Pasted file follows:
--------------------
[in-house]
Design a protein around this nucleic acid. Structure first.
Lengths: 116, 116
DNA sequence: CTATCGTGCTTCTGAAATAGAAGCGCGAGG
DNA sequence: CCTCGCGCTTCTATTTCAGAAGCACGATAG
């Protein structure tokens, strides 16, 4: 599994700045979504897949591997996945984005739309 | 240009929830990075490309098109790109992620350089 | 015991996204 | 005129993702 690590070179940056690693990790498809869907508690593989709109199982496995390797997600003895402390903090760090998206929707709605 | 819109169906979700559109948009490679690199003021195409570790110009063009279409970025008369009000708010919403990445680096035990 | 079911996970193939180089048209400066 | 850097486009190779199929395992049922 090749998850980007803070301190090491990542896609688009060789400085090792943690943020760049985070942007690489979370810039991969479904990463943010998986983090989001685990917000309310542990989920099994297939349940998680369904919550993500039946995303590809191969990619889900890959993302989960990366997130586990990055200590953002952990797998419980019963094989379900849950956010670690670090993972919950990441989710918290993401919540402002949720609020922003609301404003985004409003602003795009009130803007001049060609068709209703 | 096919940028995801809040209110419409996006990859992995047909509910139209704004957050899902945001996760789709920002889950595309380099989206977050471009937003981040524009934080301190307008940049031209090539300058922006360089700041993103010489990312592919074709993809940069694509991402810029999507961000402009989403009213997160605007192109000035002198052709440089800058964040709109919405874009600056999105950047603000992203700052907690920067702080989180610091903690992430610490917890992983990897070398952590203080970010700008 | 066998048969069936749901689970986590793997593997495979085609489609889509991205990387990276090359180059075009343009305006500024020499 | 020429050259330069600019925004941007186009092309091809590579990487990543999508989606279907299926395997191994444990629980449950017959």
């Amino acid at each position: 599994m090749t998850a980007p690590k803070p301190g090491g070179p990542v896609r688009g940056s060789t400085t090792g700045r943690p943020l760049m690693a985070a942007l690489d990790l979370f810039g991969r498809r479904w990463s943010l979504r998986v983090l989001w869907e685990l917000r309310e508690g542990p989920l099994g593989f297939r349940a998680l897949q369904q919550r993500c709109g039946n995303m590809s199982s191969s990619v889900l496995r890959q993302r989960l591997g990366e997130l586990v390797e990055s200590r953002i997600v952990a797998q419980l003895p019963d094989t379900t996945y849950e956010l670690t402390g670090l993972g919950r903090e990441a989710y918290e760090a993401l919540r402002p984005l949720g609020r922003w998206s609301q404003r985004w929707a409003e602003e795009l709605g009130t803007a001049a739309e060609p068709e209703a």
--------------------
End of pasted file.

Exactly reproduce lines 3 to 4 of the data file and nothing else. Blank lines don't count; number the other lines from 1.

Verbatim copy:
Lengths: 116, 116
DNA sequence: CTATCGTGCTTCTGAAATAGAAGCGCGAGG